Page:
Lessons Learned from TVA-Kingston Coal Ash Spill

On March 19, 2014, the technical workgroup drafting the Dan River long-term monitoring and assessment plan heard a presentation by the U.S. Environmental Protection Agency’s remedial project officer for the Tennessee Valley Authority-Kingston incident that occurred in December 2008. There are significant differences between the TVA and Dan River events, but there also are similarities that government agencies can learn from and apply in the Dan River situation.

 

On December 22, 2008, the retention wall of a coal ash-holding pond failed at the TVA Fossil Plant in Roane County, Tenn., about 30 miles west of Knoxville. More than 5.4 million cubic yards of coal ash, mixed with 327 million gallons of water, spilled into the Emory River. The release covered approximately 300 acres outside the TVA coal ash dewatering and storage areas.

 

The coal ash slide disrupted electrical power and ruptured a gas line, causing the evacuation of 22 residents. The spill significantly affected the environment and disrupted people’s lives. Water quality in the Emory River at the site of the ash spill was impaired, and aquatic habitat was destroyed, principally by burial under the coal ash.

 

Differences between the two incidents:

 

  • The TVA spill was nearly 140 times larger than Duke Energy’s spill into the Dan River in Eden. N.C.
  • It is estimated that 90 percent of the material spilled at TVA was recovered by dredging in a two-year period. Nearly 510,000 cubic yards of coal ash were left in the Emory River, which is about 13 times more ash than was spilled at the Duke Energy site.
  • Because of several impoundments near the TVA location, the receiving area acted more like a lake than a river. Most of the ash stayed near the spill site, allowing for effective recovery. The Dan River is a free-flowing water body for most of its length, except for a few small dams between the spill site and Kerr Reservoir. As a result, the Duke Energy spill transported ash for approximately 70 miles, although the amount of ash moved and likely deposition sites are still being evaluated.

Similarities of the two incidents:

 

  • Both involved coal ash, which contains potentially toxic metals such as arsenic, selenium and mercury.
  • Both occurred during winter, when water temperatures are relatively low and biological activity is minimal.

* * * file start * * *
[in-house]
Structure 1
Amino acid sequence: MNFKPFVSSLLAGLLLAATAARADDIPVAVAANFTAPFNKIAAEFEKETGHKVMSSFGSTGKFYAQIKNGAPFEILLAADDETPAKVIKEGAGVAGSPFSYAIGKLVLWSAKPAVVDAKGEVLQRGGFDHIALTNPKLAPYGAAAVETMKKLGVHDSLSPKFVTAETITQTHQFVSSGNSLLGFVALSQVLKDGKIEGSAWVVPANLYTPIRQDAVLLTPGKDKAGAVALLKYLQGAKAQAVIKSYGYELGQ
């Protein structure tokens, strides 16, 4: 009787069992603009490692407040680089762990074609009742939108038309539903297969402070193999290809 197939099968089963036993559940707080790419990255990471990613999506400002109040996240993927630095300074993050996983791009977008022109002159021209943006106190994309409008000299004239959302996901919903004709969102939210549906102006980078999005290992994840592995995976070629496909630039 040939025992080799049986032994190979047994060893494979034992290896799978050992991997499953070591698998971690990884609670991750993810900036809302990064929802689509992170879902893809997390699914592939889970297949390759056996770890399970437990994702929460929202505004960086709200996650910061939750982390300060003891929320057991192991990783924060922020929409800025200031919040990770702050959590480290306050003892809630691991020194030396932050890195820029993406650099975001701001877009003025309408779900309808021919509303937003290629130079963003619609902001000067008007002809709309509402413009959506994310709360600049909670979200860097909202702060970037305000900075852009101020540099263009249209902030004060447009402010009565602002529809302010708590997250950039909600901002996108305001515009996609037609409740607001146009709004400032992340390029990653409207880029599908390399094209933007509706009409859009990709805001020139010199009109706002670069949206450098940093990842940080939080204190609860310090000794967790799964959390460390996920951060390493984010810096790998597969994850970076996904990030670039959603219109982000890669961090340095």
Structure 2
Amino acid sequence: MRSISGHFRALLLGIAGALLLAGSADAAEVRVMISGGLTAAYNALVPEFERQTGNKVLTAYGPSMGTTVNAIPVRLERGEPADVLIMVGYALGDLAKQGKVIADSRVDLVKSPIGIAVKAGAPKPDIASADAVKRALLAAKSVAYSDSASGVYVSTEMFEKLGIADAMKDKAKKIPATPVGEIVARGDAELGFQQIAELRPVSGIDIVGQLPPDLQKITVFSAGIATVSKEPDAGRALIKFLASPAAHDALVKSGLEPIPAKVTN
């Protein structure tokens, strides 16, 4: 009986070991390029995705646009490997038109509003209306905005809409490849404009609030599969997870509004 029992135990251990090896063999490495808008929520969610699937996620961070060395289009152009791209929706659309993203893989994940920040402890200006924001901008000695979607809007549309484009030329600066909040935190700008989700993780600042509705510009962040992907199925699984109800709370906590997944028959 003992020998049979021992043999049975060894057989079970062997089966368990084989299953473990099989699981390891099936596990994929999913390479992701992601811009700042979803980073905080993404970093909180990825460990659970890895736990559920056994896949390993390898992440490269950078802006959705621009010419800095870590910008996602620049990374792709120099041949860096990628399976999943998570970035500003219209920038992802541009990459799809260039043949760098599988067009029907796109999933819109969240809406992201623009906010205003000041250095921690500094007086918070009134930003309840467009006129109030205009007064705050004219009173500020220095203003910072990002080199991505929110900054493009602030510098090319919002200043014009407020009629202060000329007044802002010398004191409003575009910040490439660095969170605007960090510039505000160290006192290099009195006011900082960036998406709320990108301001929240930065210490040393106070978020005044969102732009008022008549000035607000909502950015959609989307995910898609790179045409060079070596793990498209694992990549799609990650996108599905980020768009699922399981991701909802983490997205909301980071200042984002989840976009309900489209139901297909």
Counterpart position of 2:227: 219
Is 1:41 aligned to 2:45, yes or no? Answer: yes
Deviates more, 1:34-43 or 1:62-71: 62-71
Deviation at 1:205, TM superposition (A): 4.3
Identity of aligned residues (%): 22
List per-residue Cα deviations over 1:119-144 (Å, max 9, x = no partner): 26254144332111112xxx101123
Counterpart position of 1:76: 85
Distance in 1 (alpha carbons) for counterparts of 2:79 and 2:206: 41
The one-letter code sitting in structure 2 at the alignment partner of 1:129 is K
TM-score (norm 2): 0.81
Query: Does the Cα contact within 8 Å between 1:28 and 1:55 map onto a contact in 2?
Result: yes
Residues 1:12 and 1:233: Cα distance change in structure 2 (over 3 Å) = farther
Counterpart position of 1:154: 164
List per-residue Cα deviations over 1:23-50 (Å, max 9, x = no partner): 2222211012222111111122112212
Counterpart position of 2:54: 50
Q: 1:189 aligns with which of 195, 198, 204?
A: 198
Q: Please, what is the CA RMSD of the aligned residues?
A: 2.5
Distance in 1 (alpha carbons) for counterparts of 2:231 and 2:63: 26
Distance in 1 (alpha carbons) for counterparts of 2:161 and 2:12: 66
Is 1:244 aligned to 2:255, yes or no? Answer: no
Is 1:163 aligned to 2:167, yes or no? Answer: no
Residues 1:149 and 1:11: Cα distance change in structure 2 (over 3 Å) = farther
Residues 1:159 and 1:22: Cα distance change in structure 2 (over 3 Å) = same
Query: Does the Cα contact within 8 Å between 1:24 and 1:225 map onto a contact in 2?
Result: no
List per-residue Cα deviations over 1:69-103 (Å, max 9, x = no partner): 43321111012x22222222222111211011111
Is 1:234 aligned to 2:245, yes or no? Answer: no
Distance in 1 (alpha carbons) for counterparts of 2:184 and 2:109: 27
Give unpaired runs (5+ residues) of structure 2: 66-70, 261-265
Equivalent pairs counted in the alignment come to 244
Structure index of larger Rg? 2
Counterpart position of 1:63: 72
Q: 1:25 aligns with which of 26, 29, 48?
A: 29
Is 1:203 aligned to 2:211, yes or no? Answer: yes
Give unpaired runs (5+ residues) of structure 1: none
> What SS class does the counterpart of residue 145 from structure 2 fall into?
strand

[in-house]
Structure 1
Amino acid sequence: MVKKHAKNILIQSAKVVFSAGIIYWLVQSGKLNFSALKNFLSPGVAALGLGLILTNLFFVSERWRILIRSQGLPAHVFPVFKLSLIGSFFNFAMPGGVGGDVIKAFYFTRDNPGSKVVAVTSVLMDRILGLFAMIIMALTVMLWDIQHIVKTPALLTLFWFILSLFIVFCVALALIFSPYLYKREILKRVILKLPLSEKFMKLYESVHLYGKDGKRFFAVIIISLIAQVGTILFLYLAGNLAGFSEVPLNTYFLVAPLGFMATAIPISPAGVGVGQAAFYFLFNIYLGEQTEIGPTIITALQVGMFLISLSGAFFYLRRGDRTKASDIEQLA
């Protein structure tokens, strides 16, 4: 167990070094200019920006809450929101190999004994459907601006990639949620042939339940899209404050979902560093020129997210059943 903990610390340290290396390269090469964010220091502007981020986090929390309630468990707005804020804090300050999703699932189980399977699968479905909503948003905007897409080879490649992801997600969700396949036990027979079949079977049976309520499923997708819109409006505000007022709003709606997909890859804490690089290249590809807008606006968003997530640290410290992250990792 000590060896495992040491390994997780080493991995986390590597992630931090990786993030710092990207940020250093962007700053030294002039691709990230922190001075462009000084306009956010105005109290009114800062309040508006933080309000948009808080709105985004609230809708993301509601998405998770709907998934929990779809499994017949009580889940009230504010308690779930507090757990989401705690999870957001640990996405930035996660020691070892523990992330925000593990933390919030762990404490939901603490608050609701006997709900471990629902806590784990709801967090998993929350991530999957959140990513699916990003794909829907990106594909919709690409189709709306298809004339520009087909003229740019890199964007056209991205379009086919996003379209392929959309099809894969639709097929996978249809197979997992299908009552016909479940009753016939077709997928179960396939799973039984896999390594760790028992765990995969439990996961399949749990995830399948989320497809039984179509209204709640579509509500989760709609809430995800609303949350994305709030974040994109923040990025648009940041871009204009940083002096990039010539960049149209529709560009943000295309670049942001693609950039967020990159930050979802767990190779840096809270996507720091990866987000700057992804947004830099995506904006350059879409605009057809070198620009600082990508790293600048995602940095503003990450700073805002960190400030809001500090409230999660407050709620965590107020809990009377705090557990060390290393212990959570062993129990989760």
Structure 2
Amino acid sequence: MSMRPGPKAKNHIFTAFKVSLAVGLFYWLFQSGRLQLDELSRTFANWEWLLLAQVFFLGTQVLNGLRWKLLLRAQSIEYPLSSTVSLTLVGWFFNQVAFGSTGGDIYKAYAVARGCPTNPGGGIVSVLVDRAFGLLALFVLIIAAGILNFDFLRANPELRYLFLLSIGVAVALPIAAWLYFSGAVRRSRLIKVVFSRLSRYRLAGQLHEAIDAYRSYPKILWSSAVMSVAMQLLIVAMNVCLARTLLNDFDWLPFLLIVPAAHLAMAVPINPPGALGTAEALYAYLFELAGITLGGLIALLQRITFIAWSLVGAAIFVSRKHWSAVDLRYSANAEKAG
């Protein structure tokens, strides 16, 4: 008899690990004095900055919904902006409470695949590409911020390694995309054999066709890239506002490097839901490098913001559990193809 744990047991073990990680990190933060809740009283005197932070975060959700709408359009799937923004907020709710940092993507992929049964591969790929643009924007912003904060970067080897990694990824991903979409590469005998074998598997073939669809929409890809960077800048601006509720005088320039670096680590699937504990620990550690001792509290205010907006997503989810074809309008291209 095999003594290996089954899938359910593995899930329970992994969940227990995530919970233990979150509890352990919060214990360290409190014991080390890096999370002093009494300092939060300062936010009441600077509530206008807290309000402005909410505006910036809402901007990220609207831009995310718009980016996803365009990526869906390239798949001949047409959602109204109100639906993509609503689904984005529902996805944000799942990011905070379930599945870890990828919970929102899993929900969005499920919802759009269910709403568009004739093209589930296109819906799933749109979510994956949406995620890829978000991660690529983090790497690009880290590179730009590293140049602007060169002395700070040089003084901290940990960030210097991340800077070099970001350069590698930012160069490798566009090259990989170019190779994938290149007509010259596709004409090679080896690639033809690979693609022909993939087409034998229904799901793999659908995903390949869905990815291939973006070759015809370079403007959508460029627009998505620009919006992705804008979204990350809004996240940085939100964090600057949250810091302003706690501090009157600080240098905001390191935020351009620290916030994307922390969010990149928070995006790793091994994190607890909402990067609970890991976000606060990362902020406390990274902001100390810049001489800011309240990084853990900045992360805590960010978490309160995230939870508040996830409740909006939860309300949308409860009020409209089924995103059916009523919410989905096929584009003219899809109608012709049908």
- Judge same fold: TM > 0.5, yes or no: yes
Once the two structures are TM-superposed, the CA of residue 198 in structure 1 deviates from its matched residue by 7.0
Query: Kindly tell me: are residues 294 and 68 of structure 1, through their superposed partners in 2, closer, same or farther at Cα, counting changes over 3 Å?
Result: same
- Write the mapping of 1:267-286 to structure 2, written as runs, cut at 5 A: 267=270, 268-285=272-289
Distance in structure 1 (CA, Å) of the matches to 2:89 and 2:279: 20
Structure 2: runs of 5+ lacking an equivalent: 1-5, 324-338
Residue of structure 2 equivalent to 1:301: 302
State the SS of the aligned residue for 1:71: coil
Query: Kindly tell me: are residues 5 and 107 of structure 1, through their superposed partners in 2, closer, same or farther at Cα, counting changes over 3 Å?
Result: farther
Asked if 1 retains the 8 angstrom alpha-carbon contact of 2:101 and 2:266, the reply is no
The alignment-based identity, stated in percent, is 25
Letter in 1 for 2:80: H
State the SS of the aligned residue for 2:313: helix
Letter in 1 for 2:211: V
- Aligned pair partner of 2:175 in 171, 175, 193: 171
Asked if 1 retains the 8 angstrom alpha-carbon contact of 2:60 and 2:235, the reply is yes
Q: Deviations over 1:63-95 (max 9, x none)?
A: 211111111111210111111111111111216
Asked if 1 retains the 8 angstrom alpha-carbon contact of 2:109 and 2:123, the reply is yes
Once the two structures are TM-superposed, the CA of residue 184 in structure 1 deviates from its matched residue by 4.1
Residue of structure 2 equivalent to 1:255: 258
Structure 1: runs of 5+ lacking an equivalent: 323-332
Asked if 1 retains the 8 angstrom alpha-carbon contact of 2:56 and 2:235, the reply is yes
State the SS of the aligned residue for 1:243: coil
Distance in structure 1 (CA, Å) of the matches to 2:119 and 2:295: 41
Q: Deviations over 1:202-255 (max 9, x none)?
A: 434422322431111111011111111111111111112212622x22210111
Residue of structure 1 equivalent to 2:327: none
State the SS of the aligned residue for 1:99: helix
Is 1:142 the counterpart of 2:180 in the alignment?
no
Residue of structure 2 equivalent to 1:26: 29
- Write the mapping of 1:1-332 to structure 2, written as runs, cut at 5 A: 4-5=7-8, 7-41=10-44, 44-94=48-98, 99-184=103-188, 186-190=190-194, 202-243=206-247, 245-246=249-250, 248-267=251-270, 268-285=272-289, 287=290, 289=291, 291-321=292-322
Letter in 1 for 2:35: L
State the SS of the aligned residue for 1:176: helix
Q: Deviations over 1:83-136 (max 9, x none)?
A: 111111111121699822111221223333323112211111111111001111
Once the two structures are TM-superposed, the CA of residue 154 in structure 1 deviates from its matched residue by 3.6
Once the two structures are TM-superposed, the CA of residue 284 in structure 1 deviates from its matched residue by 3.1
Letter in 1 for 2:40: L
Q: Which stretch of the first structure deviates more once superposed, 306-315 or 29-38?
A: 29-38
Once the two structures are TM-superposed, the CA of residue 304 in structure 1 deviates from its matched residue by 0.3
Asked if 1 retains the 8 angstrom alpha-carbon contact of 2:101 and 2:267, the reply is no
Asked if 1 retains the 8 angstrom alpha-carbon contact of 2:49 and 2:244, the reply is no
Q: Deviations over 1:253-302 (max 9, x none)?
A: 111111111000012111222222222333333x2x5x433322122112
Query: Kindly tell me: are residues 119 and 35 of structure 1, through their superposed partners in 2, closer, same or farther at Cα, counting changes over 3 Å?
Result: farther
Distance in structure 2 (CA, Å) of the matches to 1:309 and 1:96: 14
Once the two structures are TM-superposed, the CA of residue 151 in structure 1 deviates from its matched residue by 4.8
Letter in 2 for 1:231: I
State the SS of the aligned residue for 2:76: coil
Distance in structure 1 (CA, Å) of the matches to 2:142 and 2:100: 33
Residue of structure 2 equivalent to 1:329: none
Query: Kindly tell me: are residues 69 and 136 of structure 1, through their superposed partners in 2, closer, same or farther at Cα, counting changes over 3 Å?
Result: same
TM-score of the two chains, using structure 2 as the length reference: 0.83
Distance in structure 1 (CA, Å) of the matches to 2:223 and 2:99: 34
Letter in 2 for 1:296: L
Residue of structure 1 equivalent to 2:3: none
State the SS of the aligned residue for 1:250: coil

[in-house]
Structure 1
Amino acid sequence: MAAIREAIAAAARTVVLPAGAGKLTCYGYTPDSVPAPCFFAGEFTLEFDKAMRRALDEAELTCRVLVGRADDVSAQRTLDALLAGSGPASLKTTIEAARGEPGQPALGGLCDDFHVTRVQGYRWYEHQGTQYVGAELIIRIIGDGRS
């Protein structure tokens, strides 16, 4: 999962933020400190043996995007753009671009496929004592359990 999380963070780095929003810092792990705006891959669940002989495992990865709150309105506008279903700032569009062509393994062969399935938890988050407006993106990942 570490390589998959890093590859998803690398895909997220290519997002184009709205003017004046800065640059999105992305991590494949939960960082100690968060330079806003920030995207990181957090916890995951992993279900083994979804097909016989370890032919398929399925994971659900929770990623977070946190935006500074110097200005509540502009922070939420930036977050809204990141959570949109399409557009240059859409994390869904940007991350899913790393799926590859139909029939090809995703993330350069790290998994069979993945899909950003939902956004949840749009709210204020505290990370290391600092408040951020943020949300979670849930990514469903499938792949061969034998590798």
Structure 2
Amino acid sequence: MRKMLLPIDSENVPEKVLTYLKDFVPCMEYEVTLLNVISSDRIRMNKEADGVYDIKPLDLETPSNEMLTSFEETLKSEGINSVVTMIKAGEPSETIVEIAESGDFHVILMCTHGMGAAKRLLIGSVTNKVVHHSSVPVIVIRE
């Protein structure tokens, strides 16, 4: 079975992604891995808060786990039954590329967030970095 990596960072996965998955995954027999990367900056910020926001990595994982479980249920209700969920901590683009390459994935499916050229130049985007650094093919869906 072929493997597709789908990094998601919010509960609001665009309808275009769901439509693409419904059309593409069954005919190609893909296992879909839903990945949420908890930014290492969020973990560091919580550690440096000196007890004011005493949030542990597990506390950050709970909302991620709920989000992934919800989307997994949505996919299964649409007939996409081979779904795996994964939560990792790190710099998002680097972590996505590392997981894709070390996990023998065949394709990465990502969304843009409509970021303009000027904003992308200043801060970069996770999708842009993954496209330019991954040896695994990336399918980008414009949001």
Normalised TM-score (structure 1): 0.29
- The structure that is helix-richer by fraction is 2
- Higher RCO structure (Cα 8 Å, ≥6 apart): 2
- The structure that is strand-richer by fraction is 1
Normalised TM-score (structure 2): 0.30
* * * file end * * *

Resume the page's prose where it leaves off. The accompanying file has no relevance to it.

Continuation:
• Existing fish consumption advisories were in place, due to legacy PCB and mercury contamination not related to the ash spill. The Dan River advisory does not cover the entire length of the river; a section from Danville west to the North Carolina state line is not under the advisory.

Beginning around May 1, 2014 about 2,500 tons of coal ash will be vacuum-dredged from the Dan River from the Schoolfield Dam area in Danville.  The removal and 'de-watering' process is expected to be completed by July 1.

 

Although the scale of the two incidents sets them apart, concerns over potential environmental impacts are the same. The types of monitoring and analyses used in response to the TVA spill also will be part of the Dan River long-term assessment plan. Data review in the Dan River case will be in reference to the appropriate contaminant levels for sediment and fish tissue, as well as applicable water quality standards in Virginia and North Carolina.

 

In the TVA incident, ash recovery and ecosystem and human health assessments were conducted over a five-year period (2009-2013); long-term monitoring will continue for 30 years at five-year intervals. The final two-year period of monitoring and assessment was an ecosystem study and human health screening. It cost about $40 million; more than 16,000 samples were collected and 400,000 analyses were performed.

 

Current monitoring shows that the Emory River system essentially has returned to pre-spill conditions. Lessons learned at the TVA site include:

 

  • No impact on fishery reproduction detected; metals concentrations in fish tissue did not become elevated.
  • If the mixture ratio of ash to native sediment was at or below 40/60, the organisms that live on the river bottom were not significantly affected, though some mayfly larvae did accumulate low levels of selenium and arsenic.
  • Most of the ecological impact was due to “acute burial” by coal ash, not metals content of the ash.
  • Monitoring showed moderate to low ecosystem risks.
  • Human health risks have been deemed acceptable, based on nearly 200 university-conducted health assessments.
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Virginia Department of
Environmental Quality
P.O. Box 1105
Richmond, VA 23218
(804) 698-4000


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